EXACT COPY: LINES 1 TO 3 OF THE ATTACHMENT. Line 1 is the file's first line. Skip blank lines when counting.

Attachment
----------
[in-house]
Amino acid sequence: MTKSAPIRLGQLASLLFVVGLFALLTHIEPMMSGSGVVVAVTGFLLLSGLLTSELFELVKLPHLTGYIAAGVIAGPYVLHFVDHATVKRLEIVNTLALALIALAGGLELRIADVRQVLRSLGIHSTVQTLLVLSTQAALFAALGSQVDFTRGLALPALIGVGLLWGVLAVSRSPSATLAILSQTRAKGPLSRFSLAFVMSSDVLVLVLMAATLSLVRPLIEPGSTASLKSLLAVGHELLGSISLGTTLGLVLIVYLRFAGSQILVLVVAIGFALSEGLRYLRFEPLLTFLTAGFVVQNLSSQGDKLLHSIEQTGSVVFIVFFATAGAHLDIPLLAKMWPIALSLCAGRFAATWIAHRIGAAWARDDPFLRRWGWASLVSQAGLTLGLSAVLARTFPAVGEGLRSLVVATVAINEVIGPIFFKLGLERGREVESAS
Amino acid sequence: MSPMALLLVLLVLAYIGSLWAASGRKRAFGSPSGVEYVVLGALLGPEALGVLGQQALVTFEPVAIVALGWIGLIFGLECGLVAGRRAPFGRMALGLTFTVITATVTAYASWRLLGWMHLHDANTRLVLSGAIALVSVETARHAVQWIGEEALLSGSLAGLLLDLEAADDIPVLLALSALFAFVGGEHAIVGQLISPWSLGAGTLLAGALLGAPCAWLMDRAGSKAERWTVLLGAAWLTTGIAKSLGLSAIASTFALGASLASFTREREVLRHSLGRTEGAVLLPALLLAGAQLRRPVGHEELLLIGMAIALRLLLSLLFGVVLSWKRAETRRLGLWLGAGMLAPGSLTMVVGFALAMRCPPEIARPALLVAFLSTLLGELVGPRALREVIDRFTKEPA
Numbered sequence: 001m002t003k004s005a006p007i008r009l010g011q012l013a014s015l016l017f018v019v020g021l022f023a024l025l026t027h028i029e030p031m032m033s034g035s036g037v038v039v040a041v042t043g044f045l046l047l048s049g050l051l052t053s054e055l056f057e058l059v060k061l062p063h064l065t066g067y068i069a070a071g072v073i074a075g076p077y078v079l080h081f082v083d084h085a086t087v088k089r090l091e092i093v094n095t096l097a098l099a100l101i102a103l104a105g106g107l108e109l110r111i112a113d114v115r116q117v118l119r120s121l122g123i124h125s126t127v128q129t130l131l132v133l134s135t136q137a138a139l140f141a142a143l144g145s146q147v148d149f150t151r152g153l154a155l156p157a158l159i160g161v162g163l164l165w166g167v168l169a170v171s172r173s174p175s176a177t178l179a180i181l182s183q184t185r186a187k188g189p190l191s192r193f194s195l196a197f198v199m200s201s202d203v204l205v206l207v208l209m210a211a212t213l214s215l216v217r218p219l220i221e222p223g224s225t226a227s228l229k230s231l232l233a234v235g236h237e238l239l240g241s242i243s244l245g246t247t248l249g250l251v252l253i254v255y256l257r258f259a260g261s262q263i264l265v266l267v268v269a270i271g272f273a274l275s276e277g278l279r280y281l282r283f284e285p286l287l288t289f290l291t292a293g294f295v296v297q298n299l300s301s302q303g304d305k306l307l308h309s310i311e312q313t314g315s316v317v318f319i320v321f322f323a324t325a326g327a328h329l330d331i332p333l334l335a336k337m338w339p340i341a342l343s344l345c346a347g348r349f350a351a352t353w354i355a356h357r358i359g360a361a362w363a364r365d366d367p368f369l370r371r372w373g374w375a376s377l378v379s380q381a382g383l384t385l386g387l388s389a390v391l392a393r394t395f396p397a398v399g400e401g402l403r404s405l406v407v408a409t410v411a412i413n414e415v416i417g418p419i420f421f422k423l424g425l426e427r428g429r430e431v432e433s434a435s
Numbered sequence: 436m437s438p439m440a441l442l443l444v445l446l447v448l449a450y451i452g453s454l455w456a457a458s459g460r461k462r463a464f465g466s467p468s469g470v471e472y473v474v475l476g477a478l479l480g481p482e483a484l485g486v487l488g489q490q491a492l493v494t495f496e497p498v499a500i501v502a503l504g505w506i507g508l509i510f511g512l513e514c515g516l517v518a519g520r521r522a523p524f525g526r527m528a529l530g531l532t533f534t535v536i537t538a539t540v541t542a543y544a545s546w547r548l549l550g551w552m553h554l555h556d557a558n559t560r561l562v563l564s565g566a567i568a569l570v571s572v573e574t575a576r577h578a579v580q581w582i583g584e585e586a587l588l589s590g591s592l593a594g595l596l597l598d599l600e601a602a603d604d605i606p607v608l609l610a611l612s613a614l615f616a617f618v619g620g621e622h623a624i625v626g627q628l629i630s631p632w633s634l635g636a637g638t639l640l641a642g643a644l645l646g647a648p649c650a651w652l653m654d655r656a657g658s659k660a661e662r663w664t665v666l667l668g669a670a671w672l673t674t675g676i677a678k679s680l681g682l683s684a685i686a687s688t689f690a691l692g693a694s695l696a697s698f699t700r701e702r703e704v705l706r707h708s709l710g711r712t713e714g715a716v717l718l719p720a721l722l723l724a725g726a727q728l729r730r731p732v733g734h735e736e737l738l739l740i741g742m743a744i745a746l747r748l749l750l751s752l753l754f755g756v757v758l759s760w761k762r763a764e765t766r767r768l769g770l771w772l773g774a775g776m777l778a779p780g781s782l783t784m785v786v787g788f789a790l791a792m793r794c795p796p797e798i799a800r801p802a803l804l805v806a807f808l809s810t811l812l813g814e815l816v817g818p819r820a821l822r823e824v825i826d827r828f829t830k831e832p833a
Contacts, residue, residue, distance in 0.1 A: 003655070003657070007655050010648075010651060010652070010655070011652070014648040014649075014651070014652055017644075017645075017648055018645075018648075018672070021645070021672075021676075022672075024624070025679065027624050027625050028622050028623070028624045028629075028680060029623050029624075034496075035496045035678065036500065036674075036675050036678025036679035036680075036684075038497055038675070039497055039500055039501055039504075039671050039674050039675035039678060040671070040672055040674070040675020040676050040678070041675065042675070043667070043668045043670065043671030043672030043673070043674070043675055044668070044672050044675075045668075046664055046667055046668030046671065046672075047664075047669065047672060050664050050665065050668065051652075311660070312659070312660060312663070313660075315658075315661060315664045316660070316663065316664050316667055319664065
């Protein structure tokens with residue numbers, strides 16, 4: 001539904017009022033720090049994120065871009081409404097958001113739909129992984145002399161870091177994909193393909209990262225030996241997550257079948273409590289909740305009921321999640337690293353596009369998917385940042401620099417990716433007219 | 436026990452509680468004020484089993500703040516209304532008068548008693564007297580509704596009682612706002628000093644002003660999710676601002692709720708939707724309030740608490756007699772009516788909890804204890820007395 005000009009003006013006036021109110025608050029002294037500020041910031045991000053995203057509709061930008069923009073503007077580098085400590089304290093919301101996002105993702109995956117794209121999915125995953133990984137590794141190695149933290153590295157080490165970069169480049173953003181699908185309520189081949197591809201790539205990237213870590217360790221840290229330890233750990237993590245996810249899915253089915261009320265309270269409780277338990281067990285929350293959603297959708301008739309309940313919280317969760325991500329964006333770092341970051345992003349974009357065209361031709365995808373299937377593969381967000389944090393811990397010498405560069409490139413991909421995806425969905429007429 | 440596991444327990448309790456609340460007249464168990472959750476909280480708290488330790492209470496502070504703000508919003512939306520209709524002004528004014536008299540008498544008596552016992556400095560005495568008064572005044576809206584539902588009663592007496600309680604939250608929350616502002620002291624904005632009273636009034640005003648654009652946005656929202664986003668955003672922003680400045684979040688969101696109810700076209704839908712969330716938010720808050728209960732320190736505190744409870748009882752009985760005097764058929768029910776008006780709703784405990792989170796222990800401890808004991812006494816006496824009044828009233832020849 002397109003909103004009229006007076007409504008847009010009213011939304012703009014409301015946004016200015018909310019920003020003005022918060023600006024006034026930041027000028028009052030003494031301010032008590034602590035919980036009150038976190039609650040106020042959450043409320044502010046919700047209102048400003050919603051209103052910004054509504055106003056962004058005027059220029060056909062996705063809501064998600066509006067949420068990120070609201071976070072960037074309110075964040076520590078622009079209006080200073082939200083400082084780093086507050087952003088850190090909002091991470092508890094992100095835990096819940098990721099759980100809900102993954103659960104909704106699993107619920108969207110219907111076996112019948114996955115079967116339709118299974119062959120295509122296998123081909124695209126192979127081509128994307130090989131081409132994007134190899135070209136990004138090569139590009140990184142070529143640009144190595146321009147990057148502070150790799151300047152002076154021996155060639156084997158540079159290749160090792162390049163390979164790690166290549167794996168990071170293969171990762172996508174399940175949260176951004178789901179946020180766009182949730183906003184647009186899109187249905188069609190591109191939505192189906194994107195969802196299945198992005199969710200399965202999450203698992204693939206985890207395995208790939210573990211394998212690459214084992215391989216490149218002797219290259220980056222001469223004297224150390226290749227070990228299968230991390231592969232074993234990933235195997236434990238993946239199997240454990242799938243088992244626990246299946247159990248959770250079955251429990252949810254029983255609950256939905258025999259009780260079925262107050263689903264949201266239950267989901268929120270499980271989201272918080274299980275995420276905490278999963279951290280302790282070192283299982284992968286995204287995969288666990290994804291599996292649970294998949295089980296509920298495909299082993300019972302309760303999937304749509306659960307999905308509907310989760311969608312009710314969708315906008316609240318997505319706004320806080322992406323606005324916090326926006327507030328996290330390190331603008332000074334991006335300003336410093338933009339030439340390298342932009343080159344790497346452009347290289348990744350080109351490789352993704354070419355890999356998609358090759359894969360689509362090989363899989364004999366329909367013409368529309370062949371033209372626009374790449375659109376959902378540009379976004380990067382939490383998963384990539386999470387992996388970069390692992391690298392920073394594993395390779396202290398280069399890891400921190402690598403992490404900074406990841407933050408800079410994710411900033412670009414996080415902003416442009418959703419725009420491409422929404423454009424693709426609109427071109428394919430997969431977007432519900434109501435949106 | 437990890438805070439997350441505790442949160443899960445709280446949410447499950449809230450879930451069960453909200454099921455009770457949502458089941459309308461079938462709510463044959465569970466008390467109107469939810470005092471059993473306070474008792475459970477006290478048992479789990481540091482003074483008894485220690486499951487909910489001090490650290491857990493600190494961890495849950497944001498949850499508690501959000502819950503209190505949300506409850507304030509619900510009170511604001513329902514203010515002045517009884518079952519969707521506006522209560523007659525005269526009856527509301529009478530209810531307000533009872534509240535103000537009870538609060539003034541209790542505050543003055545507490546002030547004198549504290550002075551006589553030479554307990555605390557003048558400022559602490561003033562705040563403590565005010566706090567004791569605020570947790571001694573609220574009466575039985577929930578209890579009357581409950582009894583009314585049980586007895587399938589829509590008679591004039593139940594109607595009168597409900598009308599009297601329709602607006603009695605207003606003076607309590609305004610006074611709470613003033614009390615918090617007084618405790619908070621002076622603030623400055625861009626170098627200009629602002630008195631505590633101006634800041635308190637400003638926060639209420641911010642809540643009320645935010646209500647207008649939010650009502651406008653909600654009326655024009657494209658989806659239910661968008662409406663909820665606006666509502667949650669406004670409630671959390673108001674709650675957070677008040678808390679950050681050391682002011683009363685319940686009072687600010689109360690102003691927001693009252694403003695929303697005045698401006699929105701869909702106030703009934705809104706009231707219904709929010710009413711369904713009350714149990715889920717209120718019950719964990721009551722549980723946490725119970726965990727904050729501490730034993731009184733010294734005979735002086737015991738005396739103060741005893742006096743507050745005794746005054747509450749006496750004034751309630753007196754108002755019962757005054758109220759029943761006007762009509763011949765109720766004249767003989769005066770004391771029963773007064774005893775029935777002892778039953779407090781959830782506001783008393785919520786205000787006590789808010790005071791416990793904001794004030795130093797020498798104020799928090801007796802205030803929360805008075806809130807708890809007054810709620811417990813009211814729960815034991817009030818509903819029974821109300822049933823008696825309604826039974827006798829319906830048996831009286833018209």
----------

[in-house]
Amino acid sequence: MTKSAPIRLGQLASLLFVVGLFALLTHIEPMMSGSGVVVAVTGFLLLSGLLTSELFELVKLPHLTGYIAAGVIAGPYVLHFVDHATVKRLEIVNTLALALIALAGGLELRIADVRQVLRSLGIHSTVQTLLVLSTQAALFAALGSQVDFTRGLALPALIGVGLLWGVLAVSRSPSATLAILSQTRAKGPLSRFSLAFVMSSDVLVLVLMAATLSLVRPLIEPGSTASLKSLLAVGHELLGSISLGTTLGLVLIVYLRFAGSQILVLVVAIGFALSEGLRYLRFEPLLTFLTAGFVVQNLSSQGDKLLHSIEQTGSVVFIVFFATAGAHLDIPLLAKMWPIALSLCAGRFAATWIAHRIGAAWARDDPFLRRWGWASLVSQAGLTLGLSAVLARTFPAVGEGLRSLVVATVAINEVIGPIFFKLGLERGREVESAS
Amino acid sequence: MSPMALLLVLLVLAYIGSLWAASGRKRAFGSPSGVEYVVLGALLGPEALGVLGQQALVTFEPVAIVALGWIGLIFGLECGLVAGRRAPFGRMALGLTFTVITATVTAYASWRLLGWMHLHDANTRLVLSGAIALVSVETARHAVQWIGEEALLSGSLAGLLLDLEAADDIPVLLALSALFAFVGGEHAIVGQLISPWSLGAGTLLAGALLGAPCAWLMDRAGSKAERWTVLLGAAWLTTGIAKSLGLSAIASTFALGASLASFTREREVLRHSLGRTEGAVLLPALLLAGAQLRRPVGHEELLLIGMAIALRLLLSLLFGVVLSWKRAETRRLGLWLGAGMLAPGSLTMVVGFALAMRCPPEIARPALLVAFLSTLLGELVGPRALREVIDRFTKEPA